When I was 13, my family drove from New Jersey to Florida. Curiously, one of my most vivid memories of that trip was something I ate in a roadside diner in Georgia. Pointing down at the unfamiliar, deep-fried lumps accompanying my meal, I exclaimed, “What on earth are those?”
An older man at the next table chuckled and, in a Georgia drawl impossible to do justice to in print, said, “Them there’s hush puppies.”
That was when I first became aware that different parts of the country had delicacies they called their own. In the ensuing years I discovered Philly cheesesteaks in Philadelphia, jambalaya in New Orleans, tacos to die for in Southern California, lobster rolls in Maine, key lime pie in the Florida Keys. And on and on.
The question lingers: Why don’t these dishes taste as good outside their points of origin? In other words, why can’t one get a real New York bagel in Cincinnati? Why doesn’t Southern barbecue garnered in, say, Connecticut taste anywhere near as good as it does in Savannah?
This was my thought recently when I rediscovered a culinary regionalism from my childhood neck of the woods just outside Manhattan. I recall a particularly tasty treat my father took great pleasure in preparing for me: an egg cream. Let me explain.
First of all, it’s a drink. Second, it contains neither eggs nor cream. The concoction is so simple to prepare, and the product is so delicious, that I don’t know how I could have neglected it all these years. Now that I’ve recovered the memory, it all comes flooding back to me: my father in the kitchen, arranging the few ingredients on the table as the 10-year-old me licked his chops in anticipation, my eyes as big as saucers.
“Now watch,” he said as he took a tall soda glass and added about a half-inch of chocolate syrup. Then came an inch of milk. Then the crowning touch: He filled the glass with fresh seltzer while briskly stirring. The goal was a thick head of foam in which a straw could stand. Result: ambrosia. My dad looked on approvingly as I took my first draft, anointing my upper lip with a perfectly symmetrical foam mustache.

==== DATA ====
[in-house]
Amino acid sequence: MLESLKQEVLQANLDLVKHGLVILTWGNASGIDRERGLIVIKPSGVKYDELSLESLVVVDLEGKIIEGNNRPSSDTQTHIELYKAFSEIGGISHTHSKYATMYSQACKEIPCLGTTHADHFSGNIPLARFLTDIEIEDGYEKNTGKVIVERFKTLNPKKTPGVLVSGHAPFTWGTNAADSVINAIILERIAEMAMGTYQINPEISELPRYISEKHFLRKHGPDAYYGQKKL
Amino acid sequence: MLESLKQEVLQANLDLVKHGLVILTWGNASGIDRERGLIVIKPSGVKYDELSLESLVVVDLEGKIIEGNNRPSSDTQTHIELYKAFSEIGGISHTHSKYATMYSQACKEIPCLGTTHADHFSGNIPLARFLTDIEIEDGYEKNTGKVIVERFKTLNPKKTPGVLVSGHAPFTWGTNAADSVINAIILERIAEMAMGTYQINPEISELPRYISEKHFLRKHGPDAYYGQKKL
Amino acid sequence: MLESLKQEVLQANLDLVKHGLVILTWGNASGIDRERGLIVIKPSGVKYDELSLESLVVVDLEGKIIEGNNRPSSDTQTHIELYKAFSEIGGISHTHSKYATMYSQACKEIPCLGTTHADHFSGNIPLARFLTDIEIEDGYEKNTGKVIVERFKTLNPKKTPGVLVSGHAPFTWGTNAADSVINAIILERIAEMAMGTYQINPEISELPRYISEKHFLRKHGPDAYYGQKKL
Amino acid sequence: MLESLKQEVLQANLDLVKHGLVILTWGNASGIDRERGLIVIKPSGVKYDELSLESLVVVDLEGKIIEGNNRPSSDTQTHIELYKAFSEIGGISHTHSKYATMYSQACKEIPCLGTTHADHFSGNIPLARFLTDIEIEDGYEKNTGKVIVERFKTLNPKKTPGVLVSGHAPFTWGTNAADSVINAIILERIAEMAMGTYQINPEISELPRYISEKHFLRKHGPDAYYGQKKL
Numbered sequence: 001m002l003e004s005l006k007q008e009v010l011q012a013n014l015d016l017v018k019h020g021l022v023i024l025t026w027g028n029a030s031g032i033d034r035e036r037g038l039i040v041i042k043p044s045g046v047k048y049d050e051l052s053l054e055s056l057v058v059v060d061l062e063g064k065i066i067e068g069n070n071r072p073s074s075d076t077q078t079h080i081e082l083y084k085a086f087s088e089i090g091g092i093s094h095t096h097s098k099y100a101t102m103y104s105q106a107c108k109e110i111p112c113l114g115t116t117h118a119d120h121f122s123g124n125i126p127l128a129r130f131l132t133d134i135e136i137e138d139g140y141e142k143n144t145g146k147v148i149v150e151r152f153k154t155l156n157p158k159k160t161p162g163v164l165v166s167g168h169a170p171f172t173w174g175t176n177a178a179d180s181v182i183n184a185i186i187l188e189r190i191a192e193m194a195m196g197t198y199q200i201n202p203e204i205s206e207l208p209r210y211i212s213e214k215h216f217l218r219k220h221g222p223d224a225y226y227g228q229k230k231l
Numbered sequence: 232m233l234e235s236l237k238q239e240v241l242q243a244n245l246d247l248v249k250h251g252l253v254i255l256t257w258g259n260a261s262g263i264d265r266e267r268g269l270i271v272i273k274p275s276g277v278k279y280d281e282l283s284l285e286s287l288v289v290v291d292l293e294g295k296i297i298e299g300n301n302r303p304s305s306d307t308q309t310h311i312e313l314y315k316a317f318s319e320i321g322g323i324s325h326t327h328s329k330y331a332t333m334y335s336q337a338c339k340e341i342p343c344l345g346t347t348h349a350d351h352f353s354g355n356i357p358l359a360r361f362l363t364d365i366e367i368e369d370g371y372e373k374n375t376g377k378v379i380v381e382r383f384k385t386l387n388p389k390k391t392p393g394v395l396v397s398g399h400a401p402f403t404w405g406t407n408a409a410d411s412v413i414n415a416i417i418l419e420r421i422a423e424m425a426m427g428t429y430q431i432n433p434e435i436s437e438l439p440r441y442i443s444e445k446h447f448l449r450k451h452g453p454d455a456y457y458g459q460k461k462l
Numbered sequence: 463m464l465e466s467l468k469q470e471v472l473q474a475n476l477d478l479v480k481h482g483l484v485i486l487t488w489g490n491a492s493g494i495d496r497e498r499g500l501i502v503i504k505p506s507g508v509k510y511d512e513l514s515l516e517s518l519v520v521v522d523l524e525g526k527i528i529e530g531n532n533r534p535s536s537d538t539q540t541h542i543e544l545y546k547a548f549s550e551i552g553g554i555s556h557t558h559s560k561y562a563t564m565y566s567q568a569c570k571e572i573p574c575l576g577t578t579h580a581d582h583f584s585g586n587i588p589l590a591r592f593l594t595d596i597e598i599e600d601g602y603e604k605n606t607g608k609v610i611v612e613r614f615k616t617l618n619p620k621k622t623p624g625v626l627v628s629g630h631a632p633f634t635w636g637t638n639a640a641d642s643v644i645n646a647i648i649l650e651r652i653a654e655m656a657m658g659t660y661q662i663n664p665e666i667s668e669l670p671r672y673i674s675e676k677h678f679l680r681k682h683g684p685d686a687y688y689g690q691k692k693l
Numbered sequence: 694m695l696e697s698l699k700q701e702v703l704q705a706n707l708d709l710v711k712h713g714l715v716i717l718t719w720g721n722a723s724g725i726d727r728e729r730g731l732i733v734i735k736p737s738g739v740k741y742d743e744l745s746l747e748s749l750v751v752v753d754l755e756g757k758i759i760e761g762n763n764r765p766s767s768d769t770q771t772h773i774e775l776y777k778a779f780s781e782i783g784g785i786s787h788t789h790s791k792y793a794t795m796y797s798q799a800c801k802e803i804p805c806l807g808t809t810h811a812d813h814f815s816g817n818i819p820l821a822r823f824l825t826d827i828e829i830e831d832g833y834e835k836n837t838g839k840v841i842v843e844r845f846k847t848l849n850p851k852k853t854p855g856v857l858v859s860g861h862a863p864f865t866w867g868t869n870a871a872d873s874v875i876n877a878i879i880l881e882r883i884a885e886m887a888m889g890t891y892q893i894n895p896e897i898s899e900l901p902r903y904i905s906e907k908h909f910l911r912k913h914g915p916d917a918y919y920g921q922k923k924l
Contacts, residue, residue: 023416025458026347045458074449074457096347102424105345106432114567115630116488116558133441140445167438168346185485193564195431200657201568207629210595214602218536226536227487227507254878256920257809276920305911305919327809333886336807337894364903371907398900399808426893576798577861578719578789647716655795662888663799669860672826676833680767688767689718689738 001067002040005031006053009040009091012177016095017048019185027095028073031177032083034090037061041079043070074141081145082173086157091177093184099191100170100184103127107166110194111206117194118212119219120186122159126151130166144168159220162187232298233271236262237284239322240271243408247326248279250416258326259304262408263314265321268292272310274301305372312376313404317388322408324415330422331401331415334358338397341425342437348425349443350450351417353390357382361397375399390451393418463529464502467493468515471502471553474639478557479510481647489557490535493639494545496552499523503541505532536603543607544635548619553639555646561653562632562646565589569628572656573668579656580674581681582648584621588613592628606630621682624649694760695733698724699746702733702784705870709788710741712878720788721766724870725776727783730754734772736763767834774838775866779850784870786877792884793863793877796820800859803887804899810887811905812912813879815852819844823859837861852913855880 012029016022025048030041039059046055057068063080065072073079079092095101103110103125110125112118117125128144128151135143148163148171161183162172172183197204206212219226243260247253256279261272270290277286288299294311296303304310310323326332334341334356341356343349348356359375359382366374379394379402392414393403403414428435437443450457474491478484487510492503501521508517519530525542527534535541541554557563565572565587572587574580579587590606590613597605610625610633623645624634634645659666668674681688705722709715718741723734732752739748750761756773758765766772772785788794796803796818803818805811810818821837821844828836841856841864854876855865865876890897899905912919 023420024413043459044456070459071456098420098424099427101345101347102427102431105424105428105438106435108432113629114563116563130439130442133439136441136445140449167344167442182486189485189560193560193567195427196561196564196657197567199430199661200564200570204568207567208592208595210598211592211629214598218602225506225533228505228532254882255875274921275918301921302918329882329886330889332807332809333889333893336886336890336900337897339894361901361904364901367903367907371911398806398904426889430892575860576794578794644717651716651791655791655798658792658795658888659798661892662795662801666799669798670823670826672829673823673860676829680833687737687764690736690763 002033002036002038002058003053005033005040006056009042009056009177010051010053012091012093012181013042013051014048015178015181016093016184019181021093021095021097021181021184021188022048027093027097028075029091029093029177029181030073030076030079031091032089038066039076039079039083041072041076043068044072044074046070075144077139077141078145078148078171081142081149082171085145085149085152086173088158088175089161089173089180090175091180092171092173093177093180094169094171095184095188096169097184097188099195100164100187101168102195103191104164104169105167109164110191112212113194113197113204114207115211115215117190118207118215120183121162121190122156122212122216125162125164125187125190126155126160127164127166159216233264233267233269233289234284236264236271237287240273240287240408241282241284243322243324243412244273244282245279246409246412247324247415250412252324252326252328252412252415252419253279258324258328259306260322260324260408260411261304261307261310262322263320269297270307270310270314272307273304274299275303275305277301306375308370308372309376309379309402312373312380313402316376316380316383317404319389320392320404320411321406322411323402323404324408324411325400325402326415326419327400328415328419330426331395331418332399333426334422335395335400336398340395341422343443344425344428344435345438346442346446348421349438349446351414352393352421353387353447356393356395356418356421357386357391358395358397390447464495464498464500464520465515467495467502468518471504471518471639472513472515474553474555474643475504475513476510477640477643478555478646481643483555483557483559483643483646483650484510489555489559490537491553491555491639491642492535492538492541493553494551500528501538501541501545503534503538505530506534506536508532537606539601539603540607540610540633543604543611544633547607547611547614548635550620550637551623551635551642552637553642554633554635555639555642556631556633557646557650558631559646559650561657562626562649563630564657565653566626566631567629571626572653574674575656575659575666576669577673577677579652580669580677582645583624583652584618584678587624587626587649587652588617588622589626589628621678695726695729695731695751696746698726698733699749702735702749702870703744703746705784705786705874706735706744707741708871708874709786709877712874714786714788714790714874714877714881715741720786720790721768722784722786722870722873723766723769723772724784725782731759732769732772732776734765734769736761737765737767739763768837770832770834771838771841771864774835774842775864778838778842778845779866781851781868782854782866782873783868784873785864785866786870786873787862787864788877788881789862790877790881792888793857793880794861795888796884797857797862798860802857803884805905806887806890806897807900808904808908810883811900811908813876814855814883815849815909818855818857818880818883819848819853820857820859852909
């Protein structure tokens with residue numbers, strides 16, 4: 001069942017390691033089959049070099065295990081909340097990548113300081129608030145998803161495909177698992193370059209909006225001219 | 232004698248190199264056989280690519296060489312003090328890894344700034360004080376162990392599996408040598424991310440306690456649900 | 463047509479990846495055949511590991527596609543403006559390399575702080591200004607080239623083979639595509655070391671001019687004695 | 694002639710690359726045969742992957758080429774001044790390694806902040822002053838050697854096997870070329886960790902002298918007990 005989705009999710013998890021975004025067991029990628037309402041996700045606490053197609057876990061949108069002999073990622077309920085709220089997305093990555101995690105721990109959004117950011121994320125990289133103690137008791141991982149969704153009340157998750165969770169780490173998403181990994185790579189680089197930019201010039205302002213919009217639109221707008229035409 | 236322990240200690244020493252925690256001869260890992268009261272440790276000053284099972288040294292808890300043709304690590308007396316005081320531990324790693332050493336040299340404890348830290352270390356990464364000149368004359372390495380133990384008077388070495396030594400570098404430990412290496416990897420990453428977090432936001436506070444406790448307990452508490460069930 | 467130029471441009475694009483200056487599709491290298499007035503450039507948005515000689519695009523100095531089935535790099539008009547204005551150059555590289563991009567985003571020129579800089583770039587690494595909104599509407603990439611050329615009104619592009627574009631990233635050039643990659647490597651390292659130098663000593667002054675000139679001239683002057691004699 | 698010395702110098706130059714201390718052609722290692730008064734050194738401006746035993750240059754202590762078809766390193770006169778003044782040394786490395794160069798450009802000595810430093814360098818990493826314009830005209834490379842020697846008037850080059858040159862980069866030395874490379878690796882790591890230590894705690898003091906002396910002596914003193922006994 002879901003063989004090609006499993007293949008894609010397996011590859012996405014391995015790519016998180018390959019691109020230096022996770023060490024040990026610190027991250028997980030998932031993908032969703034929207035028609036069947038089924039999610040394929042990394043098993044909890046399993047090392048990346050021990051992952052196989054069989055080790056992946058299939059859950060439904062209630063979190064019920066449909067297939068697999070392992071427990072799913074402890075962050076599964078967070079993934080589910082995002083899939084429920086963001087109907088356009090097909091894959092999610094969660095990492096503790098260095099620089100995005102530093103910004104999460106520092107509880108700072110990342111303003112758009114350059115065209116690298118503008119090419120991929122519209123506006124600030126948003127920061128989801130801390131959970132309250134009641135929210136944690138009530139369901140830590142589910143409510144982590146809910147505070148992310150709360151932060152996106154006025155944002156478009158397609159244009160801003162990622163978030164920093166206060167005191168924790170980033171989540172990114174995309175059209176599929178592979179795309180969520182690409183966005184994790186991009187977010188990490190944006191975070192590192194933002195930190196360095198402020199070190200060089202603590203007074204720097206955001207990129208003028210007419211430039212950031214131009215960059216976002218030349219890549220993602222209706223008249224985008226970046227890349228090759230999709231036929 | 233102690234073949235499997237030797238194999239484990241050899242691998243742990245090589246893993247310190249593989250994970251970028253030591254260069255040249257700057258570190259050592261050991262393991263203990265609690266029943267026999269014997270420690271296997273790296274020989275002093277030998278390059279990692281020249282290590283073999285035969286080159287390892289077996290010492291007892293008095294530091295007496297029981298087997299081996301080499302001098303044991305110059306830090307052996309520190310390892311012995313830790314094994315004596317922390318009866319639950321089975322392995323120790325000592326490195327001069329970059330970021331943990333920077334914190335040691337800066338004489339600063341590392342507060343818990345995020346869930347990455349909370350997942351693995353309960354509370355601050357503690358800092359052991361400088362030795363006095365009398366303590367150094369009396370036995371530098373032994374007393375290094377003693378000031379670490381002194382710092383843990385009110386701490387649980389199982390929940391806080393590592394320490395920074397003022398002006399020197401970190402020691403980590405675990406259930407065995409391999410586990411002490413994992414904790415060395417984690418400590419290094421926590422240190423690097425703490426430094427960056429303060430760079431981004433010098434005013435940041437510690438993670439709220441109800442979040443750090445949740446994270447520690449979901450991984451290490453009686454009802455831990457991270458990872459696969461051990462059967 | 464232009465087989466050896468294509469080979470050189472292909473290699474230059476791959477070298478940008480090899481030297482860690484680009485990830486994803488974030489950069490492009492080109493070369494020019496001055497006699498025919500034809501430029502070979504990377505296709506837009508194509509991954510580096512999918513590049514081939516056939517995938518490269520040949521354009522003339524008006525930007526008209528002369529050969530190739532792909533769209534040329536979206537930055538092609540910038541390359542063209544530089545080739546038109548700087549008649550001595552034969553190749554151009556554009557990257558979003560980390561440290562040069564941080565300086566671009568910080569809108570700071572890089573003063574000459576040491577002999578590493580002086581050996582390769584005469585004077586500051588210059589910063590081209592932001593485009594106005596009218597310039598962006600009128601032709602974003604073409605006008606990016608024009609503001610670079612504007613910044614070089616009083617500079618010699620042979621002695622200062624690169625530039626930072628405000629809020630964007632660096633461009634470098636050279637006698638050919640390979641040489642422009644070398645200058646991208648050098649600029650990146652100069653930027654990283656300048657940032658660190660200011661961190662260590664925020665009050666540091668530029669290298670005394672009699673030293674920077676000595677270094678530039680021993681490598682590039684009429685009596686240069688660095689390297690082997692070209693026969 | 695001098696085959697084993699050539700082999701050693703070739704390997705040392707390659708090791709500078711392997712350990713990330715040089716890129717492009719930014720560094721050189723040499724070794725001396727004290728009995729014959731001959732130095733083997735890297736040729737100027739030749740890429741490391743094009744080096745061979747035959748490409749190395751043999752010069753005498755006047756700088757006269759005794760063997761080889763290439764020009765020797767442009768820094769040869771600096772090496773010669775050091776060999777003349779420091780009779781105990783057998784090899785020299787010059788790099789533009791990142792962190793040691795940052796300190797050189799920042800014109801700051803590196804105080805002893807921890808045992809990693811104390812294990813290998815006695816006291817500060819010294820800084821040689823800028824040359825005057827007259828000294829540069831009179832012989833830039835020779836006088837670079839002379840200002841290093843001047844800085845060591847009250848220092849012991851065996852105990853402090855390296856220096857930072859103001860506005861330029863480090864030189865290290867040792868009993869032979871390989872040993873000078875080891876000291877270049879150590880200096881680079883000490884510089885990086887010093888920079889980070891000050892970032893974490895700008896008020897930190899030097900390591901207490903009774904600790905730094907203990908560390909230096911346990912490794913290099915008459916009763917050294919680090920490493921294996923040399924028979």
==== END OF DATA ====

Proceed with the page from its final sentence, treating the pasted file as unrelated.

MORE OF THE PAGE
But where on earth did the name “egg cream” come from? My research revealed mostly hearsay, but hearsay around which there is considerable agreement: The drink likely originated among Eastern European Jewish immigrants to New York in the late 1800s. The word “echt” in both German and Yiddish means “authentic” or “pure.” The “cream” part seems to refer to the intense, thick foam that arises only under the influence of absolutely fresh seltzer. Even so, like shrimp gumbo in New Orleans, the egg cream is the greater New York metropolitan area’s own specialty. I have never, ever encountered one outside this region of the country.
The result of all this is that I now keep ample supplies of chocolate syrup, milk (preferably whole), and plain seltzer on hand. Lest I should grow too fond of a good thing, I have limited myself to one egg cream per week, and how I long for Friday evening when I whip up heaven’s own soda, watching as a childhood memory precipitates in front of my eyes before it makes the long, sweet trip down my gullet.
I can’t emphasize enough both the joy of making an egg cream and the ecstasy of consuming it in a New York minute. If one waits too long, the head disappears and the drink goes flat. In this light, I couldn’t believe my eyes when I found, on the web, a company that sells, of all things, bottled egg creams.